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    ABSTRACT: Comparison of imaging measurement devices in the absence of a gold-standard comparator remains a vexing problem; especially in scenarios where multiple, non-paired, replicated measurements occur, as in image-guided radiotherapy (IGRT). As the number of commercially available IGRT presents a challenge to determine whether different IGRT methods may be used interchangeably, an unmet need conceptually parsimonious and statistically robust method to evaluate the agreement between two methods with replicated observations. Consequently, we sought to determine, using an previously reported head and neck positional verification dataset, the feasibility and utility of a Comparison of Measurement Methods with the Mixed Effects Procedure Accounting for Replicated Evaluations (COM3PARE), a unified conceptual schema and analytic algorithm based upon Roy's linear mixed effects (LME) model with Kronecker product covariance structure in a doubly multivariate set-up, for IGRT method comparison. An anonymized dataset consisting of 100 paired coordinate (X/ measurements from a sequential series of head and neck cancer patients imaged near-simultaneously with cone beam CT (CBCT) and kilovoltage X-ray (KVX) imaging was used for model implementation. Software-suggested CBCT and KVX shifts for the lateral (X), vertical (Y) and longitudinal (Z) dimensions were evaluated for bias, inter-method (between-subject variation), intra-method (within-subject variation), and overall agreement using with a script implementing COM3PARE with the MIXED procedure of the statistical software package SAS (SAS Institute, Cary, NC, USA). COM3PARE showed statistically significant bias agreement and difference in inter-method between CBCT and KVX was observed in the Z-axis (both p - value<0.01). Intra-method and overall agreement differences were noted as statistically significant for both the X- and Z-axes (all p - value<0.01). Using pre-specified criteria, based on intra-method agreement, CBCT was deemed preferable for X-axis positional verification, with KVX preferred for superoinferior alignment. The COM3PARE methodology was validated as feasible and useful in this pilot head and neck cancer positional verification dataset. COM3PARE represents a flexible and robust standardized analytic methodology for IGRT comparison. The implemented SAS script is included to encourage other groups to implement COM3PARE in other anatomic sites or IGRT platforms.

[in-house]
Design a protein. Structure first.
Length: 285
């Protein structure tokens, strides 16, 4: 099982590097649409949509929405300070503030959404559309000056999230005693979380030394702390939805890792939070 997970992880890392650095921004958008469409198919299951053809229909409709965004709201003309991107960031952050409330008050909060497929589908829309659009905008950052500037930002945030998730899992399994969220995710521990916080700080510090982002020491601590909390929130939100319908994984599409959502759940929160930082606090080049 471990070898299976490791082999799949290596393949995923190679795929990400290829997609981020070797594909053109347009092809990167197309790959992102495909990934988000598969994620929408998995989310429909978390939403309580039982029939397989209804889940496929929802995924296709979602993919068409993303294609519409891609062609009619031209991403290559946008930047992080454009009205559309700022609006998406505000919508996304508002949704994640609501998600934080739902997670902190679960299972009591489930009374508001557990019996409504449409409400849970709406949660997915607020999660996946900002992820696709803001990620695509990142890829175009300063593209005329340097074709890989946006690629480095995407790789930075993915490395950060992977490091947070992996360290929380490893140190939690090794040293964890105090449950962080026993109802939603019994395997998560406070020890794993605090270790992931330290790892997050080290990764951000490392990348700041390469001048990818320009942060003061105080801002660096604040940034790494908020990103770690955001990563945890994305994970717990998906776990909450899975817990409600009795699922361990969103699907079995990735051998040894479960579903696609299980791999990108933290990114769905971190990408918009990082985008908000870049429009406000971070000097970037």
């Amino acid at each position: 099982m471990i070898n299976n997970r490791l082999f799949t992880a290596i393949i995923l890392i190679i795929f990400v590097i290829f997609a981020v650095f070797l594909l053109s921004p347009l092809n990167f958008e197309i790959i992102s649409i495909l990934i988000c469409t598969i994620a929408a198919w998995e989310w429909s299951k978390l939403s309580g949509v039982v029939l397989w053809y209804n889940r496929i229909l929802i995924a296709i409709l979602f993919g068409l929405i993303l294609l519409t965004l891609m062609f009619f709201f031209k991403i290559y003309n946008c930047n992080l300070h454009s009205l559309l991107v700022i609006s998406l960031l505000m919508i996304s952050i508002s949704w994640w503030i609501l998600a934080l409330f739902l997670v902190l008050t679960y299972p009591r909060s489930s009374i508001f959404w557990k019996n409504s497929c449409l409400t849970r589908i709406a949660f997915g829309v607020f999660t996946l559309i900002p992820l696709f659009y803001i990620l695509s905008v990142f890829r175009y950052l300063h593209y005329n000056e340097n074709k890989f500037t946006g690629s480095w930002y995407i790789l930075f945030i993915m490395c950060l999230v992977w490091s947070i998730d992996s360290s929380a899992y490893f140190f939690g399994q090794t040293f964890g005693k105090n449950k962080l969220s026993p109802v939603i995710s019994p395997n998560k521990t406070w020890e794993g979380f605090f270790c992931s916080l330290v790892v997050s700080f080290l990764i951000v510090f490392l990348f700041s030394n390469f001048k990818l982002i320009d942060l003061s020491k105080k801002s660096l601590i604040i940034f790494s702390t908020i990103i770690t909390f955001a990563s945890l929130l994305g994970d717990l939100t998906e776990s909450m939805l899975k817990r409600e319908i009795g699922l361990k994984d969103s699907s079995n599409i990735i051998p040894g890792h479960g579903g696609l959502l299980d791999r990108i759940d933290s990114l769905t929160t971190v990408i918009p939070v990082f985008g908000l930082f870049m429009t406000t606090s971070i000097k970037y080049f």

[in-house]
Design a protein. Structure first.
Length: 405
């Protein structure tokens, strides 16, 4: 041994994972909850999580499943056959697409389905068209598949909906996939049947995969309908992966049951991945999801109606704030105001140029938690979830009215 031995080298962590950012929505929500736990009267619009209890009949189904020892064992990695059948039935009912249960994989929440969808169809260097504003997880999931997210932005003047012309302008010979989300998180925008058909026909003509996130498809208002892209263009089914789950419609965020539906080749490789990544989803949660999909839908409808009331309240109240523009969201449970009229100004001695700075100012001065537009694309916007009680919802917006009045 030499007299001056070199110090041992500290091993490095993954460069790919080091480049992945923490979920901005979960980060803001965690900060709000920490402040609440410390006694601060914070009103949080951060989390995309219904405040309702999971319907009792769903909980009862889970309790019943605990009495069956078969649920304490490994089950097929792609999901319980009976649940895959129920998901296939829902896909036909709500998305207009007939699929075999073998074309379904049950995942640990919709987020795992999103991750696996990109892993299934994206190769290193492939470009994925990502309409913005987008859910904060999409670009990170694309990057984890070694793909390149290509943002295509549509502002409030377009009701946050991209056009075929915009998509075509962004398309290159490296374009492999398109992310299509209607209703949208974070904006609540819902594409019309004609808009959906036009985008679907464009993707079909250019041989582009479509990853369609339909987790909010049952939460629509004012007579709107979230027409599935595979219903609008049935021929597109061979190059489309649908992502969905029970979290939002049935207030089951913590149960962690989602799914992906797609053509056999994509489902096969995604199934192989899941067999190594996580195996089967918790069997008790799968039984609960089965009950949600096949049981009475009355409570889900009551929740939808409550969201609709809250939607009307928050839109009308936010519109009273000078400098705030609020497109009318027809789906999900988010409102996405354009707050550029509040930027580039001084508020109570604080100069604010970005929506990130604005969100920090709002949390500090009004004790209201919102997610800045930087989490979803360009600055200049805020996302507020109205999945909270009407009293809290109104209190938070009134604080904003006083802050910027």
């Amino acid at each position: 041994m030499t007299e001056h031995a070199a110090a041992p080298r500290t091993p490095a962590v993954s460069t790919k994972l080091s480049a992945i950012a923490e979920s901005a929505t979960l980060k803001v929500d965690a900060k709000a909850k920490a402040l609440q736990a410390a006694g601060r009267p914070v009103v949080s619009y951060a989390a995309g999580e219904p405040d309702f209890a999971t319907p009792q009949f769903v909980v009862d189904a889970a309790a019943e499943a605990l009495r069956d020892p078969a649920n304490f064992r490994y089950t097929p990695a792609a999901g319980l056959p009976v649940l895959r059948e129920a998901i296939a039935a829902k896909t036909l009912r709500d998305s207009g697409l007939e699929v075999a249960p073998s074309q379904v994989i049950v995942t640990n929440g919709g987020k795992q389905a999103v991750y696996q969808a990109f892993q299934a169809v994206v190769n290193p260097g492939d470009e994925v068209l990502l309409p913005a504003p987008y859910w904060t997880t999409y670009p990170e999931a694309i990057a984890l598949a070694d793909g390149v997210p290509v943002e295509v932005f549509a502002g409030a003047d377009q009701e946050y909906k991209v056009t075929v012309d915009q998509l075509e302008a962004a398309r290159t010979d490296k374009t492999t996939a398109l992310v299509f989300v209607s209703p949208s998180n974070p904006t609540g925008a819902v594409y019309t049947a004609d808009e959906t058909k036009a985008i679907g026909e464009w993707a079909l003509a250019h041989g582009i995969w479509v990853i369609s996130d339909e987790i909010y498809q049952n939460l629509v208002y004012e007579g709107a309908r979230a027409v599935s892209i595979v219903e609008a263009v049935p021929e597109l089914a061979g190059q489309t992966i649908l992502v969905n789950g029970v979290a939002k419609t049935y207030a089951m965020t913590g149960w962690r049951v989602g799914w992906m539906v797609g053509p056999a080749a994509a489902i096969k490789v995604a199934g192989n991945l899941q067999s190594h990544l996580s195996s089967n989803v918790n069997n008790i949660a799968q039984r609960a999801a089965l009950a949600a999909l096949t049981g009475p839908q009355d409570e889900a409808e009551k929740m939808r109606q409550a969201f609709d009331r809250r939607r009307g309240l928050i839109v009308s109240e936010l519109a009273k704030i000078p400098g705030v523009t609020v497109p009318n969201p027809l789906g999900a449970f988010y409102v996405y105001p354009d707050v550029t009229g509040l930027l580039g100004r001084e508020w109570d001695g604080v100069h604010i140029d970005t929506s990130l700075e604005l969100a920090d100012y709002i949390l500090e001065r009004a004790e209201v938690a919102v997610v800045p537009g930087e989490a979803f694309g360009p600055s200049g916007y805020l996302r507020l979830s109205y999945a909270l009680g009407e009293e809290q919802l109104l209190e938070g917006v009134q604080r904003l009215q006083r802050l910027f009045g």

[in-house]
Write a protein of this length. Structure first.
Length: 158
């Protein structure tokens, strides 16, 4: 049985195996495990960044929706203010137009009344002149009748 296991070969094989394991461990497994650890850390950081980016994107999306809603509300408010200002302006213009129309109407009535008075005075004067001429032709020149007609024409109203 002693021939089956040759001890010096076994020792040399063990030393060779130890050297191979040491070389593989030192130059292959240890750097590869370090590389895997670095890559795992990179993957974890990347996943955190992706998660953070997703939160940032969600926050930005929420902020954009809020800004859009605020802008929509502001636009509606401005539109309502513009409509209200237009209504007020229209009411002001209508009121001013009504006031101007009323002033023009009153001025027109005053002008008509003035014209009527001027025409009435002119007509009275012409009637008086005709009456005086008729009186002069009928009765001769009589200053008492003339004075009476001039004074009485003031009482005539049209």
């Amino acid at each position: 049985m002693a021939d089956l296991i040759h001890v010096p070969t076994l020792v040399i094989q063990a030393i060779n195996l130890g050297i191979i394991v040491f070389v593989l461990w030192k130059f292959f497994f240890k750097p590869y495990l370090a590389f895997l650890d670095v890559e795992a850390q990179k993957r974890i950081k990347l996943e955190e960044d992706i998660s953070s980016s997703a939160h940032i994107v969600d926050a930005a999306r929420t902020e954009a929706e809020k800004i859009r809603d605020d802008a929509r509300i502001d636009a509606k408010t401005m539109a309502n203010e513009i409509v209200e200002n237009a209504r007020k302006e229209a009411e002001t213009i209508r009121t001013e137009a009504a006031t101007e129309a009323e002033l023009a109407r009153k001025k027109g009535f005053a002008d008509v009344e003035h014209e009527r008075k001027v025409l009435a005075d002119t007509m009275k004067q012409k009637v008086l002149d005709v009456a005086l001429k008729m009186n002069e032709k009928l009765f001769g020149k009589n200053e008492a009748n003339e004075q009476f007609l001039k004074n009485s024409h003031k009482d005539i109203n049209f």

BMC Medical Imaging 08/2015; 15(1):35. DOI:10.1186/s12880-015-0074-z
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    ABSTRACT: Background: The objective of this study was to investigate whether three-dimensional (3D) single inversion-recovery prepared steady-state free precession (IR-SSFP) could characterize the coronary artery wall. Methods: IR-SSFP was scanned on a 1.5-T MR scanner with a five element cardiac coil. One hundred and twenty-one subjects with known or suspected coronary artery disease who had undergone X-ray coronary angiography (XCA) underwent coronary artery wall imaging using IR-SSFP sequences. In each coronary segment, the detection of the coronary wall was categorized, and contrast (signal of plaque minus signal of blood in the aorta divided by the signal of plaque plus signal of blood in the aorta) was calculated. Results: 422 of 517 segments (82%) were successfully visualized, and the detection scores tended to be higher at the proximal coronary artery when compared with other segments of the coronary artery. High contrast (contrast≥0.75) areas were observed in 62 of 218 segments with ≥50% coronary artery stenosis by XCA but also in 25 of 299 segments without ≥50% coronary stenosis. Conclusions: IR-SSFP provided good visualization of the coronary wall. This approach represents a promising noninvasive strategy for the assessment of the coronary artery wall.
    BMC Medical Imaging 07/2015; 15(1):26. DOI:10.1186/s12880-015-0071-2